3. Constantly show optimism and self-confidence, but remain grounded in the reality of the current situation. Unflagging optimism is the hallmark of great leadership. If you don’t believe it can be done, how will anyone else believe it can be done? The spirit of future possibility generates positive energy that is contagious and self-perpetuating. When presented with challenges, the optimist sees possibilities and focuses his or her energy on solutions grounded in reality.
4. Maintain your own physical and mental well being. Success is often driven by high energy. To sustain a high-energy success engine, the leader and the team must have the stamina to cover the distances necessary to be successful. Leaders know they must push to excel, but they must also know when to stop and give people a rest. Leaders can show concern for others by monitoring their well being. Sometimes this requires guidance from others around them to help choose what is best for the team.
5. Constantly reinforce the team message that “We are one-we live or die together.” Establishing a shared identify reinforces team unity. The strength of the wolf is the pack. Helping each other resolve impediments strengthens unity. Frequent, honest communication also strengthens the bonds of unity. A unified team is one where each individual understands his or her role and the tasks required by that role. They feel a deep sense of personal responsibility for doing their part but understand how all the pieces fit together to achieve the group goals. Few teams succeed when vital information is hoarded or restricted to a few key decision makers. When making assignments, match individuals’ skills to the task, but avoid any appearance of favoritism. The toughest assignment for the leader is dealing with poor performance. While individual feelings and team unity must be taken into account, poor performance must be addressed quickly and fairly. An unwillingness to deal with poor performance detracts from team unity. Performance actions must, however, avoid isolating an individual and provide a chance to recover and contribute.
6. Minimize status differences, and insist on constant respect and courtesy. Every member of the team, including the leader, must demonstrate core team values. Highlighting status differences and promoting special privileges undermines team unity. Avoiding unnecessary hierarchy promotes collaboration and teamwork for all tasks. An egalitarian spirit increases the resource pool for whatever needs to get accomplished and minimizes the anger and resentment that inevitably surfaces under conditions of stress when some are perceived as “more equal” than others. Always insist on common courtesy, no matter how stressful the environment.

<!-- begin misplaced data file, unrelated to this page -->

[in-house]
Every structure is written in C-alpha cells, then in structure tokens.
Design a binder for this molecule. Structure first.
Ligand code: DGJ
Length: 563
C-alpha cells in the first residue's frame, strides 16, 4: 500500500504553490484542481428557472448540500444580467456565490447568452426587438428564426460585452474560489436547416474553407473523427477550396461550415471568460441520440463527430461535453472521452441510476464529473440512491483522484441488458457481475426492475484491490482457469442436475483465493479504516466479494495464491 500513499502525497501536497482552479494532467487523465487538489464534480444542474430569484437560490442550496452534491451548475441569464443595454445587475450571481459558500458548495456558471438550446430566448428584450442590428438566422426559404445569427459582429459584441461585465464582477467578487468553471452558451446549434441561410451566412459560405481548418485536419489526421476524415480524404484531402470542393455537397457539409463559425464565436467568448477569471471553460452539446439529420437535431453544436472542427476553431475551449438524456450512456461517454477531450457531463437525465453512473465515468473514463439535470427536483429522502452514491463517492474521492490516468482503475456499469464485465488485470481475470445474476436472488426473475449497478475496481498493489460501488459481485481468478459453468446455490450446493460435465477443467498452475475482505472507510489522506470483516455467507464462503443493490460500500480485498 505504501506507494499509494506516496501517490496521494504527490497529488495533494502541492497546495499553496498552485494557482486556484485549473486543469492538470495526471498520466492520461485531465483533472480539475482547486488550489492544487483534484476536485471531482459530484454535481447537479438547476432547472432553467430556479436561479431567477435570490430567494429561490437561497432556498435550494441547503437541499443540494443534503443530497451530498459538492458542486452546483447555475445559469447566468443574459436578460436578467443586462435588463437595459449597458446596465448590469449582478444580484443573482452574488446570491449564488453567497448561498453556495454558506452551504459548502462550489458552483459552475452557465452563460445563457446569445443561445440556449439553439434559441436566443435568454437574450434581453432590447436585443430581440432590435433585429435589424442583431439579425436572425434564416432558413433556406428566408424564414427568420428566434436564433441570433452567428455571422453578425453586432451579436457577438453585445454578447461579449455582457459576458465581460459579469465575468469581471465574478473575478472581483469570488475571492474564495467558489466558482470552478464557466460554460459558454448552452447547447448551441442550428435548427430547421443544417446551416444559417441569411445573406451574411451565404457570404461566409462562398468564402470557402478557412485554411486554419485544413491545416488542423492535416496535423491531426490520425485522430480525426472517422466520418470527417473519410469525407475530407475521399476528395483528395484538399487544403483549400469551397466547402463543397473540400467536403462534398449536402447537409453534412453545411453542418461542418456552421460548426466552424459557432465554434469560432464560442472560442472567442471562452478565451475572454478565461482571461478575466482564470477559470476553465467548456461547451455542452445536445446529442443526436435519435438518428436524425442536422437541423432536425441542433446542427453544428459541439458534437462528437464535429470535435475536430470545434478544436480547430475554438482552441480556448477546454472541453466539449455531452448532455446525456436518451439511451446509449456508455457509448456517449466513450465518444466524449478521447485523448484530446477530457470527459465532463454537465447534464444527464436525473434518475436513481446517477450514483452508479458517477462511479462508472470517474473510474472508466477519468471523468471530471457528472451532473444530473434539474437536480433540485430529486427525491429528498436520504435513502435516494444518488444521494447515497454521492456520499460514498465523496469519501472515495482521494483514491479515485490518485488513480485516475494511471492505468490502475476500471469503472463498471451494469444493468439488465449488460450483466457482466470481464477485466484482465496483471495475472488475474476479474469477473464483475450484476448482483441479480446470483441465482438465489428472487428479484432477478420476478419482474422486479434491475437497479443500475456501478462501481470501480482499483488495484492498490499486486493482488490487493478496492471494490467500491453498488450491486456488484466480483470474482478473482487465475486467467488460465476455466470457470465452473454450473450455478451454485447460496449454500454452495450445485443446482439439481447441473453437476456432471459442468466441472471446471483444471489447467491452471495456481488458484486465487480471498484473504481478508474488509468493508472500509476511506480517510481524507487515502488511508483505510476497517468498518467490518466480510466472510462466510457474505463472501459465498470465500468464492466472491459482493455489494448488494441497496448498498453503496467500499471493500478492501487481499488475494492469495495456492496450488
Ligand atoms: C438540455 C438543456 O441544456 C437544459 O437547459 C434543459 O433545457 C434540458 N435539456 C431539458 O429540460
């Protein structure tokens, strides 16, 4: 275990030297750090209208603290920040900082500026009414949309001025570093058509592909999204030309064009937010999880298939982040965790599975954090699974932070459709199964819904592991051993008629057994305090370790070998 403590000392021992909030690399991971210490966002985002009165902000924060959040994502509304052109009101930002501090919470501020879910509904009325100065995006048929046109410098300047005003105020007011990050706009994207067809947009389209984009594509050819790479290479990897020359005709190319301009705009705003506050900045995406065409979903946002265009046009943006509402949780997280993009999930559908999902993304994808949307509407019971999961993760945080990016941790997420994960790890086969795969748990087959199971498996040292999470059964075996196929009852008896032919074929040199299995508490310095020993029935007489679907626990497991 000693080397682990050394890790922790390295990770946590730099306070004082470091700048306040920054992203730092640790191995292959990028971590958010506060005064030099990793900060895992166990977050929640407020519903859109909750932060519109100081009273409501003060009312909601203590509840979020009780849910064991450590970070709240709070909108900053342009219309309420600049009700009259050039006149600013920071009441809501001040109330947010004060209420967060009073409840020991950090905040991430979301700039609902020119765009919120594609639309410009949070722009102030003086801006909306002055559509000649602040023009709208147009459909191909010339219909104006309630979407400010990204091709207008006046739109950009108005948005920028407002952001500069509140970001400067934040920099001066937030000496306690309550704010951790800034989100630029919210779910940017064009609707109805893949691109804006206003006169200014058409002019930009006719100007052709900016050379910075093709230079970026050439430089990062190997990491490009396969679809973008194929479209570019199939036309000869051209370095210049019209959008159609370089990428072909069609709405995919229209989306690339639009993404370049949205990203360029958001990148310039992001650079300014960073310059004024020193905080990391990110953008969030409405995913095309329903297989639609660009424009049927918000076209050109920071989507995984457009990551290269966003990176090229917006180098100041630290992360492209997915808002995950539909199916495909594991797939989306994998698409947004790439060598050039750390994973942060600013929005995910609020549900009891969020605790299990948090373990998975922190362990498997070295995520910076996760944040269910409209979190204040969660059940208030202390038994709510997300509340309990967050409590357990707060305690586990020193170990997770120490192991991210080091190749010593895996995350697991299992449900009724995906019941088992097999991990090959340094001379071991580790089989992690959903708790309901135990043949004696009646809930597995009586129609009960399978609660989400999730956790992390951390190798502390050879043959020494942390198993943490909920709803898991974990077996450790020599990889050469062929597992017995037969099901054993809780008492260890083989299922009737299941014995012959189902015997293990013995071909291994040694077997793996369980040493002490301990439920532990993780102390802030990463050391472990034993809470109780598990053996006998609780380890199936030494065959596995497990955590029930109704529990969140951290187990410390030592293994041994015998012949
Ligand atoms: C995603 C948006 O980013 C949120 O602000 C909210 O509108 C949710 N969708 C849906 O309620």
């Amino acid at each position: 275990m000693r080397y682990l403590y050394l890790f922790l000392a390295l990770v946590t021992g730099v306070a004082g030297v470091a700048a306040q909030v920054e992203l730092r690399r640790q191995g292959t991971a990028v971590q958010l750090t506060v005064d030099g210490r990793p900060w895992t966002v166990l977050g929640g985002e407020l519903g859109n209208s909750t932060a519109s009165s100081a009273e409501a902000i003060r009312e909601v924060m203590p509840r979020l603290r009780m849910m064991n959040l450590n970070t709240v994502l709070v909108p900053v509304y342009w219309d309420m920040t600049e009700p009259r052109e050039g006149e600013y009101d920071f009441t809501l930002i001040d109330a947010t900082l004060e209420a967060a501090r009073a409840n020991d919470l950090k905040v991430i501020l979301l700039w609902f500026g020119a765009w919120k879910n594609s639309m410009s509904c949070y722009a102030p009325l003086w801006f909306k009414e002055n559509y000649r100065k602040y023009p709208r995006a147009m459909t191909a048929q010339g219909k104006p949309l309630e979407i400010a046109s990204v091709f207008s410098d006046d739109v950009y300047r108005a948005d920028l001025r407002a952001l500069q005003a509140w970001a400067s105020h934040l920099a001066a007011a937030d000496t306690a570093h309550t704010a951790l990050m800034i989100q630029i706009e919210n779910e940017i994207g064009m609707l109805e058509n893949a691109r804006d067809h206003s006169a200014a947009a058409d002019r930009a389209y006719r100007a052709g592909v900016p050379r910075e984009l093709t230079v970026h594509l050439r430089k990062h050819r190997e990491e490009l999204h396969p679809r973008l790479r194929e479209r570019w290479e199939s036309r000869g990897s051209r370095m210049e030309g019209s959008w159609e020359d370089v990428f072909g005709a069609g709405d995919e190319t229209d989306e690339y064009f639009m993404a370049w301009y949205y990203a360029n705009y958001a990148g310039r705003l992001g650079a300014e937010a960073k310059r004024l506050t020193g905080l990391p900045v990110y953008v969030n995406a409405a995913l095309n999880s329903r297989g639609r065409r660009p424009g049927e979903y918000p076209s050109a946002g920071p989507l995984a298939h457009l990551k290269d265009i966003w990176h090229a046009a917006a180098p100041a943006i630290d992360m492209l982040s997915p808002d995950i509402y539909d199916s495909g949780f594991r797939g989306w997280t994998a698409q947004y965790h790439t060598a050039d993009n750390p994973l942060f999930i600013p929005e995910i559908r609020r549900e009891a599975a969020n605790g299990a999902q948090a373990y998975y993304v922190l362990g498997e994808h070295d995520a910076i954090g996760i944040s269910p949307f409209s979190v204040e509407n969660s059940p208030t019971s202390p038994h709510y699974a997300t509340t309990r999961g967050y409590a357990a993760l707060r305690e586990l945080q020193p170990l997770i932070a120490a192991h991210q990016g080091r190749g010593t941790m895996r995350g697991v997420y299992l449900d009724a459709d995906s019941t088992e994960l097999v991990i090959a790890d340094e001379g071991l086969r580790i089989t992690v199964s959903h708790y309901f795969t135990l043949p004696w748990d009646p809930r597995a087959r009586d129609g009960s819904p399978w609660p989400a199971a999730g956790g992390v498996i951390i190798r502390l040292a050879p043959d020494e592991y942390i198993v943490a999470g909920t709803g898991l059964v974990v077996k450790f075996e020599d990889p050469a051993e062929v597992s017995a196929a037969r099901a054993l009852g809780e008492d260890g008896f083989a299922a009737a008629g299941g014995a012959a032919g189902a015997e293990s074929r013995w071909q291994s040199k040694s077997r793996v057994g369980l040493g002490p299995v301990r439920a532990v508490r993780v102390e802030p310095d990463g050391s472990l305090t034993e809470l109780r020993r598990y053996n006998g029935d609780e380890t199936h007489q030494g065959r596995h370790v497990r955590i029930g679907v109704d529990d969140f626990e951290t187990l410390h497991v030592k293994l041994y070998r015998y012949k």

7. Actively manage conflict by dealing with anger in small doses. Engage dissidents and diffuse power struggles. Many people fear conflict and approach its appearance with heightened anxiety. To prevent tension from rising to unmanageable levels, seek opportunities to deal with anger and conflict in small doses. Proactively seek out the opinions of others to recognize tension within the team. Many corporate cultures seek to drive conflict underground and replace constructive resolution with conflict avoidance under the guise of respect for people. Conflict is an early warning sign that problems are not being addressed. Bringing the conflict to the surface may be the only way to uncover the underlying problems. Worse, unresolved conflict will likely fuel tension that will surface in other, unproductive ways. Ignoring conflict increases the likelihood that the magnitude of the inevitable confrontation will be greater than if dealt with in small doses early on.